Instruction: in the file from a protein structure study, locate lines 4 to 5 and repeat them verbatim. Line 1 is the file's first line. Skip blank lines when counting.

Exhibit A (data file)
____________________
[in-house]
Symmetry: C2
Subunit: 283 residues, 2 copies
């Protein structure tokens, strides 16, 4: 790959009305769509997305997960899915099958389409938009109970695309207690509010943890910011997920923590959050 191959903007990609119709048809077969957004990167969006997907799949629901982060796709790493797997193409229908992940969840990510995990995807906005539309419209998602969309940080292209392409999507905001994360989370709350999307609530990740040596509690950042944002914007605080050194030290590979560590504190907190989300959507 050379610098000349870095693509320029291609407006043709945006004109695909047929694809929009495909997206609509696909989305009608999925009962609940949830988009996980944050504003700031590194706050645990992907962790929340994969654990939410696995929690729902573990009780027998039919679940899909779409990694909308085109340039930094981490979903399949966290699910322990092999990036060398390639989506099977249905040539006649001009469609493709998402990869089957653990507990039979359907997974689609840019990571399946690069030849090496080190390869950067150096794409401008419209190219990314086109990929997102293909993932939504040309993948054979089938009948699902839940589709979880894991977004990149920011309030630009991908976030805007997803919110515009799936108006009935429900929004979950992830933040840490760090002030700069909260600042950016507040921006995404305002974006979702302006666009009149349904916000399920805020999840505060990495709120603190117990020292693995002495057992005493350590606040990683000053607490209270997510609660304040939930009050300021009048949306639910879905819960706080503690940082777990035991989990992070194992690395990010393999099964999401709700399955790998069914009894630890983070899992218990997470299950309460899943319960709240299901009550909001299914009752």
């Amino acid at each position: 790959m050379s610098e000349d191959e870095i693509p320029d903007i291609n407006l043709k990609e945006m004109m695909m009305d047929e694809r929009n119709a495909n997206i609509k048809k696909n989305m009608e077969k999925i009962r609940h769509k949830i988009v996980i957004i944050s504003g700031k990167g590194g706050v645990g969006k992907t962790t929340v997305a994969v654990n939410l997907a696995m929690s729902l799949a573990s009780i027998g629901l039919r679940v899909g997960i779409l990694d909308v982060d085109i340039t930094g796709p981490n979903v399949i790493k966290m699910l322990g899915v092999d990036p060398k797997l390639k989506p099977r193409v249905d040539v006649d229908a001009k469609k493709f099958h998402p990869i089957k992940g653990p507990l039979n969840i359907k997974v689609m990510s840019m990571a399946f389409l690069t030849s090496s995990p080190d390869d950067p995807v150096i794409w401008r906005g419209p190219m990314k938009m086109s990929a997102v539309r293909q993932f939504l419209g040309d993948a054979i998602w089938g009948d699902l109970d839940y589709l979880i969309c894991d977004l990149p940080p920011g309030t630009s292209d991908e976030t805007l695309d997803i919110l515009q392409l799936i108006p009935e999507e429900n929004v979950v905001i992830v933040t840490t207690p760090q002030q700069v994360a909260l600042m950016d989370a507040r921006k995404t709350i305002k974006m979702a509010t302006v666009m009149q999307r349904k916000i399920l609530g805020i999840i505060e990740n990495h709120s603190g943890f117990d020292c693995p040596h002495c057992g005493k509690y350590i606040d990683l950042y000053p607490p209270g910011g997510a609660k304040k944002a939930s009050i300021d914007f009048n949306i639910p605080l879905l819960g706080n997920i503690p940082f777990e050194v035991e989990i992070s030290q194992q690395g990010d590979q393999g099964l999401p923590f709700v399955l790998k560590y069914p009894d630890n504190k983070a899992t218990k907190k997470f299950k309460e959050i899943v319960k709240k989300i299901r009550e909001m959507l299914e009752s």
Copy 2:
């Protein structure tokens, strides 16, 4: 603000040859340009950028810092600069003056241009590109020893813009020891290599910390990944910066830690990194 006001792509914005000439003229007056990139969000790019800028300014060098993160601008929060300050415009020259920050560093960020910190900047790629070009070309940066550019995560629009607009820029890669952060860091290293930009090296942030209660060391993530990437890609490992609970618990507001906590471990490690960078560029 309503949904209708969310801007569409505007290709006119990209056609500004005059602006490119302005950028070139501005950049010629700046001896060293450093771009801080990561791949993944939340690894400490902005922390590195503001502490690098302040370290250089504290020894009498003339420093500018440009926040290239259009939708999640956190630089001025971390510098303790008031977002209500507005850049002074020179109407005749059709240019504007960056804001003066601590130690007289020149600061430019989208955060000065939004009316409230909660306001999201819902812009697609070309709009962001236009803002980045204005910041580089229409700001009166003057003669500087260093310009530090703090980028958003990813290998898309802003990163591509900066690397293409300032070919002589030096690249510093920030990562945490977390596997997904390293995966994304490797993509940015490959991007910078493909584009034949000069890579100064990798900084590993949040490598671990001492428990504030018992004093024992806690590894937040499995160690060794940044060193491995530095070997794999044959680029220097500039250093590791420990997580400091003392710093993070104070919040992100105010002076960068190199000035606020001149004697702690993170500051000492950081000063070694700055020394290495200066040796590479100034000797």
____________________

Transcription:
């Protein structure tokens, strides 16, 4: 790959009305769509997305997960899915099958389409938009109970695309207690509010943890910011997920923590959050 191959903007990609119709048809077969957004990167969006997907799949629901982060796709790493797997193409229908992940969840990510995990995807906005539309419209998602969309940080292209392409999507905001994360989370709350999307609530990740040596509690950042944002914007605080050194030290590979560590504190907190989300959507 050379610098000349870095693509320029291609407006043709945006004109695909047929694809929009495909997206609509696909989305009608999925009962609940949830988009996980944050504003700031590194706050645990992907962790929340994969654990939410696995929690729902573990009780027998039919679940899909779409990694909308085109340039930094981490979903399949966290699910322990092999990036060398390639989506099977249905040539006649001009469609493709998402990869089957653990507990039979359907997974689609840019990571399946690069030849090496080190390869950067150096794409401008419209190219990314086109990929997102293909993932939504040309993948054979089938009948699902839940589709979880894991977004990149920011309030630009991908976030805007997803919110515009799936108006009935429900929004979950992830933040840490760090002030700069909260600042950016507040921006995404305002974006979702302006666009009149349904916000399920805020999840505060990495709120603190117990020292693995002495057992005493350590606040990683000053607490209270997510609660304040939930009050300021009048949306639910879905819960706080503690940082777990035991989990992070194992690395990010393999099964999401709700399955790998069914009894630890983070899992218990997470299950309460899943319960709240299901009550909001299914009752």
């Amino acid at each position: 790959m050379s610098e000349d191959e870095i693509p320029d903007i291609n407006l043709k990609e945006m004109m695909m009305d047929e694809r929009n119709a495909n997206i609509k048809k696909n989305m009608e077969k999925i009962r609940h769509k949830i988009v996980i957004i944050s504003g700031k990167g590194g706050v645990g969006k992907t962790t929340v997305a994969v654990n939410l997907a696995m929690s729902l799949a573990s009780i027998g629901l039919r679940v899909g997960i779409l990694d909308v982060d085109i340039t930094g796709p981490n979903v399949i790493k966290m699910l322990g899915v092999d990036p060398k797997l390639k989506p099977r193409v249905d040539v006649d229908a001009k469609k493709f099958h998402p990869i089957k992940g653990p507990l039979n969840i359907k997974v689609m990510s840019m990571a399946f389409l690069t030849s090496s995990p080190d390869d950067p995807v150096i794409w401008r906005g419209p190219m990314k938009m086109s990929a997102v539309r293909q993932f939504l419209g040309d993948a054979i998602w089938g009948d699902l109970d839940y589709l979880i969309c894991d977004l990149p940080p920011g309030t630009s292209d991908e976030t805007l695309d997803i919110l515009q392409l799936i108006p009935e999507e429900n929004v979950v905001i992830v933040t840490t207690p760090q002030q700069v994360a909260l600042m950016d989370a507040r921006k995404t709350i305002k974006m979702a509010t302006v666009m009149q999307r349904k916000i399920l609530g805020i999840i505060e990740n990495h709120s603190g943890f117990d020292c693995p040596h002495c057992g005493k509690y350590i606040d990683l950042y000053p607490p209270g910011g997510a609660k304040k944002a939930s009050i300021d914007f009048n949306i639910p605080l879905l819960g706080n997920i503690p940082f777990e050194v035991e989990i992070s030290q194992q690395g990010d590979q393999g099964l999401p923590f709700v399955l790998k560590y069914p009894d630890n504190k983070a899992t218990k907190k997470f299950k309460e959050i899943v319960k709240k989300i299901r009550e909001m959507l299914e009752s």